Full Text Available BACKGROUND: The magnitude of the negative energy balance induced by exercise may be reduced due to compensatory increases in energy intake. OBJECTIVE: TO ADDRESS THE QUESTION: Does increased exercise or physical activity alter ad-libitum daily energy intake or macronutrient composition in healthy adults? DATA SOURCES: PubMed and Embase were searched (January 1990-January 2013 for studies that presented data on energy and/or macronutrient intake by level of exercise, physical activity or change in response to exercise. Ninety-nine articles (103 studies were included. STUDY ELIGIBILITY CRITERIA: Primary source articles published in English in peer-reviewed journals. Articles that presented data on energy and/or macronutrient intake by level of exercise or physical activity or changes in energy or macronutrient intake in response to acute exercise or exercise training in healthy (non-athlete adults (mean age 18-64 years. STUDY APPRAISAL AND SYNTHESIS METHODS: Articles were grouped by study design: cross-sectional, acute/short term, non-randomized, and randomized trials. Considerable heterogeneity existed within study groups for several important study parameters, therefore a meta-analysis was considered inappropriate. Results were synthesized and presented by study design. RESULTS: No effect of physical activity, exercise or exercise training on energy intake was shown in 59% of cross-sectional studies (n = 17, 69% of acute (n = 40, 50% of short-term (n = 10, 92% of non-randomized (n = 12 and 75% of randomized trials (n = 24. Ninety-four percent of acute, 57% of short-term, 100% of non-randomized and 74% of randomized trials found no effect of exercise on macronutrient intake. Forty-six percent of cross-sectional trials found lower fat intake with increased physical activity. LIMITATIONS: The literature is limited by the lack of adequately powered trials of sufficient duration, which have prescribed and measured exercise energy expenditure, or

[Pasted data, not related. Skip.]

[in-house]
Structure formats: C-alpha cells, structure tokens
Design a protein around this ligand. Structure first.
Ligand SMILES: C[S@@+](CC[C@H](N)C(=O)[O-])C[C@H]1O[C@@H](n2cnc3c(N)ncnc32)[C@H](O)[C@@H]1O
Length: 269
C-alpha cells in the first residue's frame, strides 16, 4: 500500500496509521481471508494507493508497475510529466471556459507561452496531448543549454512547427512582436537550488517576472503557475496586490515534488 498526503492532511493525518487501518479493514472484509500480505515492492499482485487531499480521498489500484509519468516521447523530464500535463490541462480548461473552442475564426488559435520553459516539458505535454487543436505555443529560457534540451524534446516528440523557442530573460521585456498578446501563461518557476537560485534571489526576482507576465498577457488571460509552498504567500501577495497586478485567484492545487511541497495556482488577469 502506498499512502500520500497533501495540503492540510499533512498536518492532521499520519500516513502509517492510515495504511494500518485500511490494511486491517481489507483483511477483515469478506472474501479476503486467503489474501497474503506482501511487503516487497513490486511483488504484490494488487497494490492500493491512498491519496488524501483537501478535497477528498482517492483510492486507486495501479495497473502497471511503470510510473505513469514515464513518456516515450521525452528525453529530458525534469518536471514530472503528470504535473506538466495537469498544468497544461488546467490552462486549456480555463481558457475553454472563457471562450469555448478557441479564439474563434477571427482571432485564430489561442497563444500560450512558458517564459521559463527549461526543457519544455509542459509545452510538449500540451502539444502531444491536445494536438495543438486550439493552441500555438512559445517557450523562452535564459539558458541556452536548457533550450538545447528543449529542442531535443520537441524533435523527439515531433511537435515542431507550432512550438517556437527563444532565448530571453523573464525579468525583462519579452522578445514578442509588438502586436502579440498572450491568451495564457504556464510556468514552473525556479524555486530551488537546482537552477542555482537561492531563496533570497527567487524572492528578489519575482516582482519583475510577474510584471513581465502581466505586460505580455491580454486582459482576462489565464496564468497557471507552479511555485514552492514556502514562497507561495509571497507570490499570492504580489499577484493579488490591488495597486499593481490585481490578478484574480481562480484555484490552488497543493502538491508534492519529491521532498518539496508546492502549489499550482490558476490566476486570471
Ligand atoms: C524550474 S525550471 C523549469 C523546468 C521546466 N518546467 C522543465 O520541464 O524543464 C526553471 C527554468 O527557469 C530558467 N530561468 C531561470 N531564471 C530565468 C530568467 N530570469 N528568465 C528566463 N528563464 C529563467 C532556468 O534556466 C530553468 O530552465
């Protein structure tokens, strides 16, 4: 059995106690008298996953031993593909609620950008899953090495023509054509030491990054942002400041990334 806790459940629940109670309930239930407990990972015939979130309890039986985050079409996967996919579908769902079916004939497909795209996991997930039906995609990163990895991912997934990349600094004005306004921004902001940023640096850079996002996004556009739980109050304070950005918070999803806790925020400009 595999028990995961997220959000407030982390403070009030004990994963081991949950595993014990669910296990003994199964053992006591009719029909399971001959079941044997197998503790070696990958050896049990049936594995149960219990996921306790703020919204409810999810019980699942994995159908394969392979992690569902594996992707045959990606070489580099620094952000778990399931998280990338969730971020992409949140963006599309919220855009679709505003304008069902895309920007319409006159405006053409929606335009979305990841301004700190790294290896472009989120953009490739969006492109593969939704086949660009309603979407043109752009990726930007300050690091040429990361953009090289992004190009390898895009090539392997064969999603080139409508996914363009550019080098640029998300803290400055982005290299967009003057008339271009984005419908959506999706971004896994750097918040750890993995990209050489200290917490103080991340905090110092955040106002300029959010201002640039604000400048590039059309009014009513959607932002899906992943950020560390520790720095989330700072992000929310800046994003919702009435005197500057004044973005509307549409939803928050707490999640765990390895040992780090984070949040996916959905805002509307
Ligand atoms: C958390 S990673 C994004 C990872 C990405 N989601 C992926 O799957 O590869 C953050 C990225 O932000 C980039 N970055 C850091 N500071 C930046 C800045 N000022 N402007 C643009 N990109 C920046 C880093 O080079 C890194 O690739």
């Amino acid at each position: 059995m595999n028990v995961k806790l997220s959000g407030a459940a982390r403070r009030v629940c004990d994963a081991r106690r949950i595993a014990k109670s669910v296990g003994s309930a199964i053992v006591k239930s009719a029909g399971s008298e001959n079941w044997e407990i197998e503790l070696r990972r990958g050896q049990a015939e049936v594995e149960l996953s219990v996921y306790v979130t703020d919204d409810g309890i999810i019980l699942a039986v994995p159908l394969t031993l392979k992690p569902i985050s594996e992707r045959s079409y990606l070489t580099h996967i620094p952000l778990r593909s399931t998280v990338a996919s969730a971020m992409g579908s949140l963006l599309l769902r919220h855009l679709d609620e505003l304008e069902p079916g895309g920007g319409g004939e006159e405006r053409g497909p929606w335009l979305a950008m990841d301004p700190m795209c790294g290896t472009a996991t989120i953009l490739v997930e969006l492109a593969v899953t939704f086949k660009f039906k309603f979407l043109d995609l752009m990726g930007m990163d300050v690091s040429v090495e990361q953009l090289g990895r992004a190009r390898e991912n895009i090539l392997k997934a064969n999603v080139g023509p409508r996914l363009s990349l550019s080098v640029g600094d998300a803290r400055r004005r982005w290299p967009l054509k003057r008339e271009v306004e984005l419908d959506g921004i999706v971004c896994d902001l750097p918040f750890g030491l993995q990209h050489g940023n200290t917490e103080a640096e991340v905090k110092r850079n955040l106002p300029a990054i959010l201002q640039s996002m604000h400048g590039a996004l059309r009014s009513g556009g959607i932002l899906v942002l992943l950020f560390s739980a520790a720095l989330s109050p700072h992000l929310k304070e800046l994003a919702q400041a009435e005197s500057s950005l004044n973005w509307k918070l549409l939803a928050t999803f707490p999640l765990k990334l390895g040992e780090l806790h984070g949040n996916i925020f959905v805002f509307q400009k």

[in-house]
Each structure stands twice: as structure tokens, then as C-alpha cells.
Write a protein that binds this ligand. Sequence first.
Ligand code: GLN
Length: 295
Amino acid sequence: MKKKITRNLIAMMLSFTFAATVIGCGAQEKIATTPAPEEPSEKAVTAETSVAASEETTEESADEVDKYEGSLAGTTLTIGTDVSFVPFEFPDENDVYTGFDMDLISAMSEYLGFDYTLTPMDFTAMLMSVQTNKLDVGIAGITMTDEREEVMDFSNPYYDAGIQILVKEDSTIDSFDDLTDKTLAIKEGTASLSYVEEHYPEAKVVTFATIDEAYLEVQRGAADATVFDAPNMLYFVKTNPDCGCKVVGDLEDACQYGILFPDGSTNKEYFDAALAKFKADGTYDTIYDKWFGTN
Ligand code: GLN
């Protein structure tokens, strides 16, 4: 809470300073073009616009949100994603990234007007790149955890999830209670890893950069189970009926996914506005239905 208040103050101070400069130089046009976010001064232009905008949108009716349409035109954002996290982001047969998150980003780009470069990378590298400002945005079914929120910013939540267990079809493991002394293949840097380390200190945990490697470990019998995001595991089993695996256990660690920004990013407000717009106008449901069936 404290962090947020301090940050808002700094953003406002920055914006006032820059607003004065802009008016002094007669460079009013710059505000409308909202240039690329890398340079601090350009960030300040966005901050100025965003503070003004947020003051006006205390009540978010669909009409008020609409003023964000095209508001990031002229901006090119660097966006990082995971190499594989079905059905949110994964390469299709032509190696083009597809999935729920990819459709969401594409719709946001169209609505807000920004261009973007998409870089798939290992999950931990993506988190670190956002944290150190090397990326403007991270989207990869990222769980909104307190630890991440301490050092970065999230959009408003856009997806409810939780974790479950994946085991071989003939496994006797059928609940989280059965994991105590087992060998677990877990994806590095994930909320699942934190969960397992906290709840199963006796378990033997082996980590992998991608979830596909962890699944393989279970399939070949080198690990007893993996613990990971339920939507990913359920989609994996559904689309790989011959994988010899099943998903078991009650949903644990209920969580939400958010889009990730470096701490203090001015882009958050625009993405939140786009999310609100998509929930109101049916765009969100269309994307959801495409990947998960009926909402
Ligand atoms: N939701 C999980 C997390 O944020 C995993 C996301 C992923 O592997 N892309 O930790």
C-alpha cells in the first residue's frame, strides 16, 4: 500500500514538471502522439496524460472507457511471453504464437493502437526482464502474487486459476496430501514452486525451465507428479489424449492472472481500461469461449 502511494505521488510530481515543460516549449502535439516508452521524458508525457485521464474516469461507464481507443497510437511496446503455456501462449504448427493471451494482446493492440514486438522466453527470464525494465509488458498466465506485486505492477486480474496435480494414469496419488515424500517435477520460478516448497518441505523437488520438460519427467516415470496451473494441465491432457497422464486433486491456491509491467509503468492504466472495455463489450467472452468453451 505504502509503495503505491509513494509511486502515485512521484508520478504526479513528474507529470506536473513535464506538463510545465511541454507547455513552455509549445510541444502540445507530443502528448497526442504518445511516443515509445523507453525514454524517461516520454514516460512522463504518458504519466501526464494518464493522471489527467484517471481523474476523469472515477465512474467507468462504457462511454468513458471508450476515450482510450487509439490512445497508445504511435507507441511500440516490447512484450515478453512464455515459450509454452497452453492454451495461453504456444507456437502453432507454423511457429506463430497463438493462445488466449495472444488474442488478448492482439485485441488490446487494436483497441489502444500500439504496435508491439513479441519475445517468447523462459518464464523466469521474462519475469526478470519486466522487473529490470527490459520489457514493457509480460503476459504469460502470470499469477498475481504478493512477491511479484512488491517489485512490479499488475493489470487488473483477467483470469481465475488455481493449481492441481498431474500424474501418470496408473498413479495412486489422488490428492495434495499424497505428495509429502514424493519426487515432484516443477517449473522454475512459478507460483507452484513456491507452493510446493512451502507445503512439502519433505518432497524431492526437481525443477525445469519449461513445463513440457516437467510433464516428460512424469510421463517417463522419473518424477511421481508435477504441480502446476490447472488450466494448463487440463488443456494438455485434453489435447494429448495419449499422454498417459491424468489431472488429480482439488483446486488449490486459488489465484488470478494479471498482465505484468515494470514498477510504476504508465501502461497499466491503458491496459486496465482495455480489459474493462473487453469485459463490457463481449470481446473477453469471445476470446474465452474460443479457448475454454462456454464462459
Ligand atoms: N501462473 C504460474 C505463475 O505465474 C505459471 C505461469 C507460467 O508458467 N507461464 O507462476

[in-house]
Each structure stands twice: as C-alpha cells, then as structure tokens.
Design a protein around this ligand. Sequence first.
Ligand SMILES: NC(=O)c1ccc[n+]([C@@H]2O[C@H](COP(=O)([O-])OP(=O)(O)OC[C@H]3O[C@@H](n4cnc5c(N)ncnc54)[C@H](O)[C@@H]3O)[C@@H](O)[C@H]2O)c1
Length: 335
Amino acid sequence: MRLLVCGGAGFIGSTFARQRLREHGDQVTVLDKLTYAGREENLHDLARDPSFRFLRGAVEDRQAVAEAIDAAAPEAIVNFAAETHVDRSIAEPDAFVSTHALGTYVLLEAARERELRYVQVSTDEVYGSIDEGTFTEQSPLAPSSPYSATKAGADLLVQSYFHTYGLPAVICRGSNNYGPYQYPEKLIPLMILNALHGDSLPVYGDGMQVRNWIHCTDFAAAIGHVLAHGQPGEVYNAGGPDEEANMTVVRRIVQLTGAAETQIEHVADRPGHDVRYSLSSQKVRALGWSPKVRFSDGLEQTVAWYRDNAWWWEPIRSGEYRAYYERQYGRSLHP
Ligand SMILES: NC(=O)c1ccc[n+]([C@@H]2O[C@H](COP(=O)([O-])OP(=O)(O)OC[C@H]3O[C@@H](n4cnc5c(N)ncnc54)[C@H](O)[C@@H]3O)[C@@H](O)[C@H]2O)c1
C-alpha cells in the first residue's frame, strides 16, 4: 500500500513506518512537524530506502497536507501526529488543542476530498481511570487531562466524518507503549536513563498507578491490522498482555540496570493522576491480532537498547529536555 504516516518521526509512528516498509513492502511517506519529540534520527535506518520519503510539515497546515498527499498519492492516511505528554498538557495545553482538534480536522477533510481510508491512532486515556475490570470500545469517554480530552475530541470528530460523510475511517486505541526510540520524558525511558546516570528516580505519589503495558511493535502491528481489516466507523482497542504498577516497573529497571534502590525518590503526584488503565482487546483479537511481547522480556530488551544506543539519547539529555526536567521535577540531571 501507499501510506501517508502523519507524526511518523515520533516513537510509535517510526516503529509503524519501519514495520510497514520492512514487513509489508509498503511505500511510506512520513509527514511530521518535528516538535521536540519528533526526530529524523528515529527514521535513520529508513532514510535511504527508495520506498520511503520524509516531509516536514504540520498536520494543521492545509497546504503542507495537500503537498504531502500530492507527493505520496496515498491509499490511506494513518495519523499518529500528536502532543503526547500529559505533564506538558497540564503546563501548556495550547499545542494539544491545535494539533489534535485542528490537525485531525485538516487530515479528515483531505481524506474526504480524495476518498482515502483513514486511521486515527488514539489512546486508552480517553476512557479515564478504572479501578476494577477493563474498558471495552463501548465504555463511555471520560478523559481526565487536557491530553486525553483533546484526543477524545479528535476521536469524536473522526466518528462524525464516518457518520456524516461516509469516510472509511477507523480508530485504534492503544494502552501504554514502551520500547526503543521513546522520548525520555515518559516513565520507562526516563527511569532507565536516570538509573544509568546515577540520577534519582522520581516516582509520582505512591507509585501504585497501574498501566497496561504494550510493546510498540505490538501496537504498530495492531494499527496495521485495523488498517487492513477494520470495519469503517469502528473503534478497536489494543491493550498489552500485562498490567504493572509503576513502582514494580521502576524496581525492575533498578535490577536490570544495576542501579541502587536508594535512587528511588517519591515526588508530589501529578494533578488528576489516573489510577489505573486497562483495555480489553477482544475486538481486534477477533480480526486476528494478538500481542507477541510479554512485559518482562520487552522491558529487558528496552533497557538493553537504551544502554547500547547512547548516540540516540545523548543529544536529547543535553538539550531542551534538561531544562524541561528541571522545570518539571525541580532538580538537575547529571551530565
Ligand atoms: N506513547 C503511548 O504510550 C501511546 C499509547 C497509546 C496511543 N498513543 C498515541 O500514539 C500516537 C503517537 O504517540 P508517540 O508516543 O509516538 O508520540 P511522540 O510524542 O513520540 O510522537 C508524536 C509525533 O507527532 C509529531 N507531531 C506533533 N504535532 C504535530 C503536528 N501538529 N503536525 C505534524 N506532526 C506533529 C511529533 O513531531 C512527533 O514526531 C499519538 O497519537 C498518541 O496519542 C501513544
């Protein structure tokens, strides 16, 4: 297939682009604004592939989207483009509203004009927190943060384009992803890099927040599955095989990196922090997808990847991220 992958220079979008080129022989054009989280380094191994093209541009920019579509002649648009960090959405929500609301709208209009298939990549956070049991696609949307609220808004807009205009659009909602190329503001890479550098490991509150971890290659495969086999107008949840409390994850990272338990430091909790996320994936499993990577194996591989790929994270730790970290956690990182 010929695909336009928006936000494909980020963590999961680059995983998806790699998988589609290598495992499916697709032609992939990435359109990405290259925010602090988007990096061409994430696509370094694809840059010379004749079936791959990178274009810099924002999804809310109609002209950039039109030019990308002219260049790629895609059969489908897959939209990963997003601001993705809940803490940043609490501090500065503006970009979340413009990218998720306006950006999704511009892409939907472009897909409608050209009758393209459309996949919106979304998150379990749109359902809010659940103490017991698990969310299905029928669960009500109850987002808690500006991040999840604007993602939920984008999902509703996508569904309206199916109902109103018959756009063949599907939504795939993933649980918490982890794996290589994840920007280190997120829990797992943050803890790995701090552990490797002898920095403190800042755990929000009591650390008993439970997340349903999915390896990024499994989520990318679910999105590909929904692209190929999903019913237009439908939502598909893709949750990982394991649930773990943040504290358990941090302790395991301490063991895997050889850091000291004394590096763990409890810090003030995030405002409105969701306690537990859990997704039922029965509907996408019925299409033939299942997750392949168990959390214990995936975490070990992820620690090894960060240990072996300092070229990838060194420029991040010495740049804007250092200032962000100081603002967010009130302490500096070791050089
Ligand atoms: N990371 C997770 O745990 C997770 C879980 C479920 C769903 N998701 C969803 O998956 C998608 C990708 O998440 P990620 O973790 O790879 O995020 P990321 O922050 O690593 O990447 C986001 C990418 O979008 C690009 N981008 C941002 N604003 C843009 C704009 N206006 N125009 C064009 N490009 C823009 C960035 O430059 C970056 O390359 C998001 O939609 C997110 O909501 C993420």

3. Body Composition and Energy Expenditure Predict Ad-Libitum Food and Macronutrient Intake in Humans

    OpenAIRE

    Weise, Christopher M.; Hohenadel, Maximilian G.; Krakoff, Jonathan; Votruba, Susanne B.

    2013-01-01

    Background Obesity is the result of chronic positive energy balance. The mechanisms underlying the regulation of energy homeostasis and food intake are not understood. Despite large increases in fat mass (FM), recent evidence indicates that fat-free mass (FFM) rather than FM is positively associated with intake in humans. Methods In 184 humans (73F/111M; age 34.5±8.8y; % body fat [PFAT] 31.6±8.1%) we investigated the relationship of FFM index (FFMI kg*m2), FM index (FMI kg*m2;), and 24-hour e...

  4. Total Energy Intake May Be More Associated with Glycemic Control Compared to Each Proportion of Macronutrients in the Korean Diabetic Population

    Directory of Open Access Journals (Sweden)

    Hye Mi Kang

    2012-08-01

    Full Text Available BackgroundMajor macronutrients for energy intake vary among countries and cultures. Carbohydrates, including rice, are the major component of daily energy intake in Korea. The aim of this study was to examine the association of daily energy intake or each proportion of macronutrients, especially carbohydrates, with glycemic control in diabetic Koreans.MethodsA total of 334 individuals with diabetes (175 men, age 57.4±0.8 years; 159 women, age 60.9±0.9 years who participated in the 2005 Korean National Health and Nutrition Examination Survey were examined. Glycemic control was categorized based on concentration of glycated hemoglobin (HbA1c; HbA1c ≤6.5%; 6.6% to 8.0%; ≥8.1%. Dietary intake was assessed by using a 24-recall item questionnaire.ResultsHigh total energy intake was associated with poor glycemic control (HbA1c ≤6.5%, 1,824±75 kcal; 6.6% to 8.0%, 1,990±57 kcal; ≥8.1%, 2,144±73 kcal; P value for trend=0.002. Each proportion of protein, fat, or carbohydrate was not associated with glycemic control. Even after adjusting for several parameters, the association of daily energy intake with glycemic control still persisted.ConclusionTotal energy intake may be more closely related to glycemic control than each proportionof macronutrients in Korean diabetics.